Cinnamon is one of the most common spices in the world. It enhances sweet and savory dishes alike, and heck, you can even use it to clear up your skin. But, do you know where your favorite French toast garnish comes from? The history of cinnamon is full of surprises.
Humans have been eating cinnamon for thousands of years. The spice derives from the bark of evergreen trees belonging to the genus Cinnamomum. As the bark dries, it forms distinctive rolls creating what we know as a cinnamon stick.
Four-thousand-year-old evidence suggests that ancient Egyptians used cinnamon in their famous embalming processes. By 2000 B.C., ancient cultures treated the spice as a royal gift; they even offered it in sacrifice to their gods.
Arab traders introduced cinnamon to Europe, but because of the spice’s popularity, those involved in its trade kept its origin a secret. These traders told many tall-tales about cinnamon’s origin. The mystery helped them keep hold of their monopoly.
One such tale comes from the Greek historian Herodotus. He claimed giant birds carry sticks of cinnamon to their nests, where no man could ever reach. The only way to get the spice was to trick the birds into making their nests too heavy, causing the cinnamon to fall to the ground.
During the 16th century, European explorers went out in search of their own cinnamon to fill the growing demand. Portuguese traders discovered one of the spice’s sources in 1518, in Ceylon (what is now Sri Lanka), and the fight over cinnamon began. The Dutch built the monopoly, but in 1796, British forces arrived in Ceylon to wrest away control of the lucrative supply.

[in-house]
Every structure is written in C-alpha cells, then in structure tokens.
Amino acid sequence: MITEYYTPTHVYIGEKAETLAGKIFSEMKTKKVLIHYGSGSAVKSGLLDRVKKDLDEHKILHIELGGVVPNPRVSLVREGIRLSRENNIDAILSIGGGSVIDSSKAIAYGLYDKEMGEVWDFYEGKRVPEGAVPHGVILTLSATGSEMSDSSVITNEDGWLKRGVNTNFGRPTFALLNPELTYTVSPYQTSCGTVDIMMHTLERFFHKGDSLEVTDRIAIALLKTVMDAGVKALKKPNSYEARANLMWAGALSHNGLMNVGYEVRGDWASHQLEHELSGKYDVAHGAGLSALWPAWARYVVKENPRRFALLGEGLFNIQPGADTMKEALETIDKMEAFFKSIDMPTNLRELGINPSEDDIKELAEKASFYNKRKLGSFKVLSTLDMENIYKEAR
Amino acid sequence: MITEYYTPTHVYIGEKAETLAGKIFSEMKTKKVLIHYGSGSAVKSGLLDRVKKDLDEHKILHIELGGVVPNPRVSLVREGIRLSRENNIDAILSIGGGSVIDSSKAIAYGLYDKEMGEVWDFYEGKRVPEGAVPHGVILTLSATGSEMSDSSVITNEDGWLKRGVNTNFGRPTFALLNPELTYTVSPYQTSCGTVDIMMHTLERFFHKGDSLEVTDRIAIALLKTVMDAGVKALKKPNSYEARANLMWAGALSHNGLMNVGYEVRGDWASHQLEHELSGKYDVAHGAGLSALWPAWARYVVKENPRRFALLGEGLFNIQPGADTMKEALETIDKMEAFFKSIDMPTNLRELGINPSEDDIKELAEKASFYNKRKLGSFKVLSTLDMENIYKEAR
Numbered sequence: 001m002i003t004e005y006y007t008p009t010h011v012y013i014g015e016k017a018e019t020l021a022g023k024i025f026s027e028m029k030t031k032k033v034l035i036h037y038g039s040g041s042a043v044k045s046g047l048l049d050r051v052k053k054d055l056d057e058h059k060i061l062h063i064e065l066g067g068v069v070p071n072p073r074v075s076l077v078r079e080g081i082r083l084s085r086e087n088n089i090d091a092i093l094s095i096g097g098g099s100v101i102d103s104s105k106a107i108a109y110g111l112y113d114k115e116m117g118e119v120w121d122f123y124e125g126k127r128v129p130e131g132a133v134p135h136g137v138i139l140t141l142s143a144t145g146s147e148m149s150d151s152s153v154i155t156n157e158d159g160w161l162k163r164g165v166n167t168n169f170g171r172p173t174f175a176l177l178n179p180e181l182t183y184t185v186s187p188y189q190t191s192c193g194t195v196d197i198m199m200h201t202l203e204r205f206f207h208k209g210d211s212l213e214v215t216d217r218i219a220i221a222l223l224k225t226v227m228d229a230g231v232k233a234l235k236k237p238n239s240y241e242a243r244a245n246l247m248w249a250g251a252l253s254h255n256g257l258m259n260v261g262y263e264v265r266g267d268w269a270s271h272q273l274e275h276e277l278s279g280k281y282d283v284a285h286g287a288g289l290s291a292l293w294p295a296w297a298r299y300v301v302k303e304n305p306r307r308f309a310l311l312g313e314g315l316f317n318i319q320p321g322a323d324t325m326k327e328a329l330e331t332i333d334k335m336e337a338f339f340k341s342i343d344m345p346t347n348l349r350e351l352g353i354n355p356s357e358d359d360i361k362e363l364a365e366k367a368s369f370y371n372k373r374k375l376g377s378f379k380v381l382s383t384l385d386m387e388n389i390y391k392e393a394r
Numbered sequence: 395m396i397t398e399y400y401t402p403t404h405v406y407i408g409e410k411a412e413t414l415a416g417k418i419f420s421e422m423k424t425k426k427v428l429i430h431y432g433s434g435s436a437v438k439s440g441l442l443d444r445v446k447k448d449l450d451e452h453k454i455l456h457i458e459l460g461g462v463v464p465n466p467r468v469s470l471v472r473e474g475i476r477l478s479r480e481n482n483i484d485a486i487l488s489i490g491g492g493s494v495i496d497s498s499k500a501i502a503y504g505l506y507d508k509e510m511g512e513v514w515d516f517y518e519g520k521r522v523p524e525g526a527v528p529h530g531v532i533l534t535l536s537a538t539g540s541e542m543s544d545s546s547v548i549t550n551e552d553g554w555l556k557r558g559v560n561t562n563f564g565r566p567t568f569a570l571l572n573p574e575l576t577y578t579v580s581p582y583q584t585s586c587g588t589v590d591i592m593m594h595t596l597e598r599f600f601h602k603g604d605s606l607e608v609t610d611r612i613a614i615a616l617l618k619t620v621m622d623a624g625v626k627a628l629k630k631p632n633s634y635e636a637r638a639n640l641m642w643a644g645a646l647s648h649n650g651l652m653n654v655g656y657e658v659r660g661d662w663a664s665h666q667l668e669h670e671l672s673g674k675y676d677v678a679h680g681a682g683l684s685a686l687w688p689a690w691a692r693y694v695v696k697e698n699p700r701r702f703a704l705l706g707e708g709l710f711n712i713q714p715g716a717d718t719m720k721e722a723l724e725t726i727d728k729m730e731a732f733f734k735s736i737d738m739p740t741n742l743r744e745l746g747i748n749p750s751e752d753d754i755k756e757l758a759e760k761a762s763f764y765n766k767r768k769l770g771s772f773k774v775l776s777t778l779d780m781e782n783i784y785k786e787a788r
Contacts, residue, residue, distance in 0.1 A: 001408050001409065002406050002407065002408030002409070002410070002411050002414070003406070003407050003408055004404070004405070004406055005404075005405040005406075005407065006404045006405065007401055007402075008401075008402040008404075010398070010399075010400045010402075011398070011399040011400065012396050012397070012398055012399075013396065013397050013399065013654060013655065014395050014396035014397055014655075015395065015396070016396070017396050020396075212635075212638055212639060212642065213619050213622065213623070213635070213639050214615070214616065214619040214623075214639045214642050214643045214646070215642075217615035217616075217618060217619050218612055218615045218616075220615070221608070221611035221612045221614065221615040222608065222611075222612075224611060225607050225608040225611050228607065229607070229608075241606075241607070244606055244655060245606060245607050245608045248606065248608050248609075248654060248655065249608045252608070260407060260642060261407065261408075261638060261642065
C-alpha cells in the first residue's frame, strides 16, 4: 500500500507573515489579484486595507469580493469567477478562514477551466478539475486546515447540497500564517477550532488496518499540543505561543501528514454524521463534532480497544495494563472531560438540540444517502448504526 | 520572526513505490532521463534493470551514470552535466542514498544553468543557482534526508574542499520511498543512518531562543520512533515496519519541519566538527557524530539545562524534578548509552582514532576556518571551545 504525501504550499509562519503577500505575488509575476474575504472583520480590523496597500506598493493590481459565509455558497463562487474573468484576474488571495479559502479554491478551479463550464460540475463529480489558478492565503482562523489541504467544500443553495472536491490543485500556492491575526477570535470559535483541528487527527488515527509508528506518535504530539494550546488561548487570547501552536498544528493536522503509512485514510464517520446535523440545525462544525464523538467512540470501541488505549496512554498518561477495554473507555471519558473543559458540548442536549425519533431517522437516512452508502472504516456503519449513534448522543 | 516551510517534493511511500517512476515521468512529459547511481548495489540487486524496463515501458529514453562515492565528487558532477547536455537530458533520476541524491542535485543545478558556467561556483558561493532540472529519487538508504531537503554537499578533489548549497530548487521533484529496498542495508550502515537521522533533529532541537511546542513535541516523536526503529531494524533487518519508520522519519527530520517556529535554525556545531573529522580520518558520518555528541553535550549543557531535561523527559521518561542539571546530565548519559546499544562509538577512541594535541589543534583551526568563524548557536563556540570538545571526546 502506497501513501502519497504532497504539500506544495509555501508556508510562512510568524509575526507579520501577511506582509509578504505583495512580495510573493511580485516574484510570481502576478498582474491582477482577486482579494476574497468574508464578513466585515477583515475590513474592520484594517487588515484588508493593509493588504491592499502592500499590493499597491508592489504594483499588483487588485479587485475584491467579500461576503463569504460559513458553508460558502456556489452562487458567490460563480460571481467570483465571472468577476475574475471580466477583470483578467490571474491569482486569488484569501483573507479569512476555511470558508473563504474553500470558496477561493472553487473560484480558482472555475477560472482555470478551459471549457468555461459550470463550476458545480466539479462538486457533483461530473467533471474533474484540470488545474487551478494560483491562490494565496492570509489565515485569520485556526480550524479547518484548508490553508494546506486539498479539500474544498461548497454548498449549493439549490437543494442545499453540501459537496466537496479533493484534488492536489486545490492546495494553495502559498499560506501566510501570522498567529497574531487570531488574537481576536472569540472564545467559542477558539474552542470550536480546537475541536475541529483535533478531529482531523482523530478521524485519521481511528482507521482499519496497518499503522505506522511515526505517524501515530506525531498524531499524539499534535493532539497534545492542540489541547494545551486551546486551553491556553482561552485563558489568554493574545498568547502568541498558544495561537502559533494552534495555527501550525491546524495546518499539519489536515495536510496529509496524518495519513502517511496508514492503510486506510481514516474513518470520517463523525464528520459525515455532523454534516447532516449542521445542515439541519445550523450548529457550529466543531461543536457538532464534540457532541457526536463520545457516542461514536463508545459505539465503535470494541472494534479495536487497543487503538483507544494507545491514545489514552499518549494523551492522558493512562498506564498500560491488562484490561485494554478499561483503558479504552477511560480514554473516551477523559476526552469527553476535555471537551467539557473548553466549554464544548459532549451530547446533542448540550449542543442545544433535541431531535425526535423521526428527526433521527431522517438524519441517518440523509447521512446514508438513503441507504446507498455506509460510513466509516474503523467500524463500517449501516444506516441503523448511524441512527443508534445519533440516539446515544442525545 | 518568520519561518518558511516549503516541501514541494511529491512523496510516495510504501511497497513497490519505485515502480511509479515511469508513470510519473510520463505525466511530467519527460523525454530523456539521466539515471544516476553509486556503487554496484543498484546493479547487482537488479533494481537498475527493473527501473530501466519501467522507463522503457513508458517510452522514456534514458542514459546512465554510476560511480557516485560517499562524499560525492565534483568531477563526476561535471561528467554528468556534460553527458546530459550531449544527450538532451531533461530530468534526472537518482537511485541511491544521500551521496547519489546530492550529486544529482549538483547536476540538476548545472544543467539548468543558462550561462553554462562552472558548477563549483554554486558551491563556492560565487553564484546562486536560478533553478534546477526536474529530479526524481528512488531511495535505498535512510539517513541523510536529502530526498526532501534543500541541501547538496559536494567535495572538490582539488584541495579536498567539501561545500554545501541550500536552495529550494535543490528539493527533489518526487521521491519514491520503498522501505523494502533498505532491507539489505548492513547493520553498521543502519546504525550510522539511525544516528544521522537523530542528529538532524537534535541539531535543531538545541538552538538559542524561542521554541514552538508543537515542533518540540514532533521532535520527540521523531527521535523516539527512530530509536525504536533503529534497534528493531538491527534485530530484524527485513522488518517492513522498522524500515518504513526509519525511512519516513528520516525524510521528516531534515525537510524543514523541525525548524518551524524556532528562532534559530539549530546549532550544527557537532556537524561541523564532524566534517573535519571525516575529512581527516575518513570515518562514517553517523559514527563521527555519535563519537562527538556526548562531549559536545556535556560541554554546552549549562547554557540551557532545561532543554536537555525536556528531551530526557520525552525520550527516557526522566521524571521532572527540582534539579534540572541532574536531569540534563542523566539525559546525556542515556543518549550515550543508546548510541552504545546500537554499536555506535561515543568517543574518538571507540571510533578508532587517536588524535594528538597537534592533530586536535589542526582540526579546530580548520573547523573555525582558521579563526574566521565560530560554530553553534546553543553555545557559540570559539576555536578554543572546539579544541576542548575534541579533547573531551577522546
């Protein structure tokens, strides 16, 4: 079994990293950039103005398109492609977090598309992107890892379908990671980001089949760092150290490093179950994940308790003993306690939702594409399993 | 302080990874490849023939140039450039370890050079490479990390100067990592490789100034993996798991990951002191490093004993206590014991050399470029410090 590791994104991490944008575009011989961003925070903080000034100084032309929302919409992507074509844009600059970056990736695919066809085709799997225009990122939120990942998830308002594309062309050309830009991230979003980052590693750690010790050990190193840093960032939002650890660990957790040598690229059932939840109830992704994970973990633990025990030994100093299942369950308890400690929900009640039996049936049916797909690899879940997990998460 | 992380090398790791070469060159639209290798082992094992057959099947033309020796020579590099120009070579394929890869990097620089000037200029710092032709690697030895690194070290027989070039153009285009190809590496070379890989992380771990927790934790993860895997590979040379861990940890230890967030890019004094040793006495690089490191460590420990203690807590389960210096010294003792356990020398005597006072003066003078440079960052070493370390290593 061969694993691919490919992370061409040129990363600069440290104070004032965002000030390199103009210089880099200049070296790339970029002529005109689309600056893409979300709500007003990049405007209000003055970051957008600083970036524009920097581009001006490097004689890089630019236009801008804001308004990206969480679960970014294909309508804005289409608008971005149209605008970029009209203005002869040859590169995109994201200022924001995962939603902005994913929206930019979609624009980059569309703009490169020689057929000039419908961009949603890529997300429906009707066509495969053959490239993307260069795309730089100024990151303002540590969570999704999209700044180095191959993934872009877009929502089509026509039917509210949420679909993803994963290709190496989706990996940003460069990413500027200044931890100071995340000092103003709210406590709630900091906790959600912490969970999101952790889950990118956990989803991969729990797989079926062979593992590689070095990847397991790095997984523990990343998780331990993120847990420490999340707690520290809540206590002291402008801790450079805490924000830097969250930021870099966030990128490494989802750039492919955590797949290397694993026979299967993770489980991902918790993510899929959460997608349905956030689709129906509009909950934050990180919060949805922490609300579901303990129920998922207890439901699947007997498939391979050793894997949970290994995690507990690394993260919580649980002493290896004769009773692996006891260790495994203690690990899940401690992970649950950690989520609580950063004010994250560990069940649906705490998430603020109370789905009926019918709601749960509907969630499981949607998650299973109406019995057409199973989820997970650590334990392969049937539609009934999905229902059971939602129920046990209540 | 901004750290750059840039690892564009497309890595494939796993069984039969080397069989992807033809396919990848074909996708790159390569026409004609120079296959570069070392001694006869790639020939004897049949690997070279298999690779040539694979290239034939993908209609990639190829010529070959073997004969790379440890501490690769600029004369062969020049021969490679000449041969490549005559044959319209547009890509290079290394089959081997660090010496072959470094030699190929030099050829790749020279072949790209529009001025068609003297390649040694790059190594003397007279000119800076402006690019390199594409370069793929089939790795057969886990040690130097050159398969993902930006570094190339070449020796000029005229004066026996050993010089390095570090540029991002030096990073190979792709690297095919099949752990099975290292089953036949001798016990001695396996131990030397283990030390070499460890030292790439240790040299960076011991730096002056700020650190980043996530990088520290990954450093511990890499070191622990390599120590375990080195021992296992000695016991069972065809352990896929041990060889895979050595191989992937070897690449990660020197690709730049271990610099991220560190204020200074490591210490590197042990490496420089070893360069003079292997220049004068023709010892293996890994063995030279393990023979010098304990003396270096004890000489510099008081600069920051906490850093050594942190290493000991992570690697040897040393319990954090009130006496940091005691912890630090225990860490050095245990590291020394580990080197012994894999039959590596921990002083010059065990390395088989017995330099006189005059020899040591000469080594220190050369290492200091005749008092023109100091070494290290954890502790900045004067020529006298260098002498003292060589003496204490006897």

By the 1800s, cinnamon was no longer a rare item reserved only for the wealthy. Producers in the Indian Ocean region, the West Indies, Brazil, and Guyana flooded the market with lower-quality cinnamon. This ruined the monopoly but democratized cinnamon, making everyone able to afford the
Today, there are two types of cinnamon available: Ceylon and Cassia. Cassia cinnamon comes from Indonesia and has the stronger flavor of the two. When you buy a bottle of ground cinnamon from the grocery store, it’s probably Cassia. While the Ceylon cinnamon has a milder flavor, it’s sweeter than Cassia and better for some dishes. Ceylon cinnamon will cost you a little more to buy, but it also contains much lower levels of a substance called coumarin, which can increase the risk of liver disease in high doses.
Cinnamon isn’t just a delicious addition to baked goods and savory dishes. There are many uses for this versatile spice, ranging from bug repellents to skin treatments. Speaking of, don’t spend big money next time you need a good body scrub or face mask: Here are some recipes for beauty products made of cinnamon. The spice has antimicrobial properties, so it works great for keeping skin clear. You can also use it as a natural lip plumper.
Studies have shown that cinnamon also has incredible health benefits. Add cinnamon to drinks or food to help lower cholesterol, reduce pain, help treat diabetes, and even improve circulation. Try adding a little spice to your life by sprinkling this wonder